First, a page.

, Volume 47, Issue 1, pp 31–38 | Cite as

Captivity affects behavioral physiology: Plasticity in signaling sexual identity

  • R. E. Landsman


Little is known about the link between captivity, physiology, and behavior in wild-caught vertebrates. Anecdotal evidence suggests that hormonal changes are responsible for behavioral changes in wild animals brought into captivity. Studying the effects of captivity on reproduction is hampered because wild animals often fail to exhibit sexual behavior under captive conditions. In weakly discharging electric fish, field studies have reported sex differences in electric organ discharges which are rarely seen in the laboratory. I now report the results of a series of laboratory investigations which show thatGnathonemus petersii exhibits seasonal, hormone-dependent, phasespecific sex differences in electric organ discharges. Captivity dramatically alters and may even reverse these sex differences as a result of rapid changes in endogenous plasma hormone levels. These findings have broad implications for research on animal physiology and behavior performed in laboratory settings.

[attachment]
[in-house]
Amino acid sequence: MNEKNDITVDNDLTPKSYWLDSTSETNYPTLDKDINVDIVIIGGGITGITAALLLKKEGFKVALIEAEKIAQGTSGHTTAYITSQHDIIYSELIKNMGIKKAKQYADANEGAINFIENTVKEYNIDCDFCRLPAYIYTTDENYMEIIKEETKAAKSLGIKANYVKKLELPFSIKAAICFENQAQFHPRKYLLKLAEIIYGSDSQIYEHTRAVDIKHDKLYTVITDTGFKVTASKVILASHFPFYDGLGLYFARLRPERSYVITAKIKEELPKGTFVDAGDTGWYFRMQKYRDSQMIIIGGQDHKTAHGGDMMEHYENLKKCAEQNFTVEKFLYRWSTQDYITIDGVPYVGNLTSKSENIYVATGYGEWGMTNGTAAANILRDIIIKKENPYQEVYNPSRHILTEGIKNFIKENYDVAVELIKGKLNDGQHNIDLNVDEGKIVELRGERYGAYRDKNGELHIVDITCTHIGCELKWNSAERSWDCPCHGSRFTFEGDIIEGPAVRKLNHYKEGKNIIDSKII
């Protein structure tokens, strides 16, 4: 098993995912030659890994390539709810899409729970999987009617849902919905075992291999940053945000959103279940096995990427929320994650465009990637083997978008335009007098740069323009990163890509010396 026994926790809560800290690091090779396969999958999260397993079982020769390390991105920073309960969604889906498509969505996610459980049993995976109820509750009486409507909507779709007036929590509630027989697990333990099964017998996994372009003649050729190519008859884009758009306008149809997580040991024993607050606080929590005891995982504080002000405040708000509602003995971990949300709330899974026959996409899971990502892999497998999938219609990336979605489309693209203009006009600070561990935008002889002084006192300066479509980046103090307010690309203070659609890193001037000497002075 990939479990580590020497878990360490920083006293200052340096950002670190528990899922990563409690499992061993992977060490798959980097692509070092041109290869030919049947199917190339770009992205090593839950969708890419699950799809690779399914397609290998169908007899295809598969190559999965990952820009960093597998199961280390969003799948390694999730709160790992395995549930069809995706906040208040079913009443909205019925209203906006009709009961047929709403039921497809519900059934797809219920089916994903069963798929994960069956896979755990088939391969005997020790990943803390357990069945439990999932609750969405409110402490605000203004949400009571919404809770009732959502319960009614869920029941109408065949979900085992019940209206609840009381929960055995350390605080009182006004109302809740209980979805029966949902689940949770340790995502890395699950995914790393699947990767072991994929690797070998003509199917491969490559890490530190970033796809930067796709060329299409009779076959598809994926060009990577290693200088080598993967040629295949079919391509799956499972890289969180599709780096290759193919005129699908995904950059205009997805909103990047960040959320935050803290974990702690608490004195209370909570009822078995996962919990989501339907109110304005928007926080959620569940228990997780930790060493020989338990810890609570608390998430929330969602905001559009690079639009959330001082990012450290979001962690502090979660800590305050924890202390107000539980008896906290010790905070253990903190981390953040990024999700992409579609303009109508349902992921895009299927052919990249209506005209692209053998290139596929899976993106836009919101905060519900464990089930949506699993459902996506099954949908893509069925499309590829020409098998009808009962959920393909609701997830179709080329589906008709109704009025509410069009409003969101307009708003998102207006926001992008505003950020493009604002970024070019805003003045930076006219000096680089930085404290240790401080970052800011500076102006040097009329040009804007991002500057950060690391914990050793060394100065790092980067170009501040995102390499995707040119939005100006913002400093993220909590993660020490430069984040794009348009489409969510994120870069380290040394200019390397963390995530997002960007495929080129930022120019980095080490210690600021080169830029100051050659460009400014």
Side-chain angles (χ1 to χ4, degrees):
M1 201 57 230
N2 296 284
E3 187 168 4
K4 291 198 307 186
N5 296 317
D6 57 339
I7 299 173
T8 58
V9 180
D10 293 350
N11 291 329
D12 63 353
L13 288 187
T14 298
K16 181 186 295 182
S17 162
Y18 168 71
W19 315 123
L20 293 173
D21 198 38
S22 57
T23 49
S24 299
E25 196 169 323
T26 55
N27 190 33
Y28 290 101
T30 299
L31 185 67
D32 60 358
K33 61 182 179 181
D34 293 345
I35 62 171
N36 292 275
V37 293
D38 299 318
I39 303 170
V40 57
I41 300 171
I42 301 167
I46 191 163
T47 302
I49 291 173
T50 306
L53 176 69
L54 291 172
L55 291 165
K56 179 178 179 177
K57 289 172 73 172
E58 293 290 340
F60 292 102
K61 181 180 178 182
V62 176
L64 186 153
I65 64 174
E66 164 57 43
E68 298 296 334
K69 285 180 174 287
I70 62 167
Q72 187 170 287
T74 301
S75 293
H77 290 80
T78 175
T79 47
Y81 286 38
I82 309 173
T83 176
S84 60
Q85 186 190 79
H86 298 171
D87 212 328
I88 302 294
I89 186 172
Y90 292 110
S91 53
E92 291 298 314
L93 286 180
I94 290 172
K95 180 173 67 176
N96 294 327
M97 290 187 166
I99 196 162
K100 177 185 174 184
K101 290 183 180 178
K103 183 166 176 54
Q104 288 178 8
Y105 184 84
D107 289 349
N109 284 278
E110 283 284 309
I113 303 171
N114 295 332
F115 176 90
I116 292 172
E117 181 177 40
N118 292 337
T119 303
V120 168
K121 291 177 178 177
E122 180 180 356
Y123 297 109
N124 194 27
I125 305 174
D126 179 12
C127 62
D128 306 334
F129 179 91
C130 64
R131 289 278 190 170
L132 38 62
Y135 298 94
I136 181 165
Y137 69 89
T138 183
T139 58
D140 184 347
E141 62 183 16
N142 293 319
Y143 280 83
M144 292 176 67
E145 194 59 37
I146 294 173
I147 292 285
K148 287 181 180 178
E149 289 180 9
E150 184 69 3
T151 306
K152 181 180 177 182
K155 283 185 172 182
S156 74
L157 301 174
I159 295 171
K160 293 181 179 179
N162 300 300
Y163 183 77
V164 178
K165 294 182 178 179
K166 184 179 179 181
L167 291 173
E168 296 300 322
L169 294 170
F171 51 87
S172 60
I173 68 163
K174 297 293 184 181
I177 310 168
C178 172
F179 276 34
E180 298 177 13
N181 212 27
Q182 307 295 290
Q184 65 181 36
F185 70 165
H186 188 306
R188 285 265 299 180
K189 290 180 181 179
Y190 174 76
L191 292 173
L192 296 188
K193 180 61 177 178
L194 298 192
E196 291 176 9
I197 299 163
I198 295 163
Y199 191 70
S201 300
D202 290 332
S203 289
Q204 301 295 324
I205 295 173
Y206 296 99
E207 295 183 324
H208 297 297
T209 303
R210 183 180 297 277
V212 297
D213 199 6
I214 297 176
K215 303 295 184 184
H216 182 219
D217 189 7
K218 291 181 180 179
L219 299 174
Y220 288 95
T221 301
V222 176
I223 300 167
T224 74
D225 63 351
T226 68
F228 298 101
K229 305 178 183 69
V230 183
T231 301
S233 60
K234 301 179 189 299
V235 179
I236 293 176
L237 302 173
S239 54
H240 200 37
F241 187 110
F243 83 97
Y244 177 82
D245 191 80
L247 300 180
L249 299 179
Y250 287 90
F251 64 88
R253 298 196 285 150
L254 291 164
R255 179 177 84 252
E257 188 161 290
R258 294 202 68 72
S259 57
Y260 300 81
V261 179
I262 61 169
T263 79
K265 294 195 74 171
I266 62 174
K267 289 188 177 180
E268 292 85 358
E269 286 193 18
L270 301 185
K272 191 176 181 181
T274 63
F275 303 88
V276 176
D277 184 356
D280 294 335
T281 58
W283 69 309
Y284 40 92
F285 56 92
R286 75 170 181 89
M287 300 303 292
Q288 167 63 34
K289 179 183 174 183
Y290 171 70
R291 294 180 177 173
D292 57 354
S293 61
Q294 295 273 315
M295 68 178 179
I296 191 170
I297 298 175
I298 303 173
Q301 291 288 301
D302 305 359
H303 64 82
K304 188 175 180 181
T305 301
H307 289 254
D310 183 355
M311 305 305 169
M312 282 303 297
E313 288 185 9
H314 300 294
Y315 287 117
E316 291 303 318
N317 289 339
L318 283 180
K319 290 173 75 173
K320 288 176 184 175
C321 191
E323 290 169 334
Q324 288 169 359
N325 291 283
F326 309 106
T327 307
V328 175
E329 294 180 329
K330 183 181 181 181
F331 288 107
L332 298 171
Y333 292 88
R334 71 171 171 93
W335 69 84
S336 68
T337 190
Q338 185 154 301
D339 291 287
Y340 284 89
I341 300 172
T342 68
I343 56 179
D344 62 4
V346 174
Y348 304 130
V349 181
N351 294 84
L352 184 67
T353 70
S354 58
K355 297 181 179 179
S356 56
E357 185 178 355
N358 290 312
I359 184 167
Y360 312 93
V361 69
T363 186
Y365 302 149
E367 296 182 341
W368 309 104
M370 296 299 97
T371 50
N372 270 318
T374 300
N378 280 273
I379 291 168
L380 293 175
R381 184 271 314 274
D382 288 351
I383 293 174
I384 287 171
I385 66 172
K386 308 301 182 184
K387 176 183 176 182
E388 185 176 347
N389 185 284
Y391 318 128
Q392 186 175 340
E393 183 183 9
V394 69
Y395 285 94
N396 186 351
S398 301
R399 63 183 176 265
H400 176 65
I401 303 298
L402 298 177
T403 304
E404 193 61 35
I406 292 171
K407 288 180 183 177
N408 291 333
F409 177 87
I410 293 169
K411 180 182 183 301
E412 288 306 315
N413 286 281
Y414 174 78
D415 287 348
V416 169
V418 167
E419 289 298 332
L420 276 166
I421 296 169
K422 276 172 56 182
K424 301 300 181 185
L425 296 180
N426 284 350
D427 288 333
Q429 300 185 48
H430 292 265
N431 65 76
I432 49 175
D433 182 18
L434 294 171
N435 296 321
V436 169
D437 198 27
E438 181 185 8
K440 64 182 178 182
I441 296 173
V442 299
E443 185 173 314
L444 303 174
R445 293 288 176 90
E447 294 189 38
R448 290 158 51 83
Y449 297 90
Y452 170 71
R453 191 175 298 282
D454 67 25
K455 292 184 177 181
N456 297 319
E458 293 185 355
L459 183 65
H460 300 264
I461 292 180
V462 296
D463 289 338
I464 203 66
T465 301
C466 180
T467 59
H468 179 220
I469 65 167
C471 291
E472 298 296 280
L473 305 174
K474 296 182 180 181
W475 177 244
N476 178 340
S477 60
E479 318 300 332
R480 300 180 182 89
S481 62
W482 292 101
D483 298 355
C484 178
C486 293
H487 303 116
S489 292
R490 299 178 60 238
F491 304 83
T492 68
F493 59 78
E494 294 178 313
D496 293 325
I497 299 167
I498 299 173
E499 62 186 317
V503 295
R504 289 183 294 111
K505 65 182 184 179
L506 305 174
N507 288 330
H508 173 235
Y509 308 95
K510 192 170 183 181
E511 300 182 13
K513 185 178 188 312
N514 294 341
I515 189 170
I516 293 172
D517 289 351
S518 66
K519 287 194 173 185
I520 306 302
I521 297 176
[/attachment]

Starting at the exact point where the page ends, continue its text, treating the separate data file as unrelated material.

Key words

Captivity electric organ discharge (EOD) sex differences plasma hormone levels androgens estrogen external morphology behavioral plasticity 


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Copyright information

© Birkhäuser Verlag 1991

Authors and Affiliations

  • R. E. Landsman
    • 1
    • 2
  1. 1.Department of Psychology, Hunter CollegeCity University of New YorkNew York
  2. 2.Department of Herpetology and IchthyologyThe American Museum of Natural HistoryNew YorkUSA

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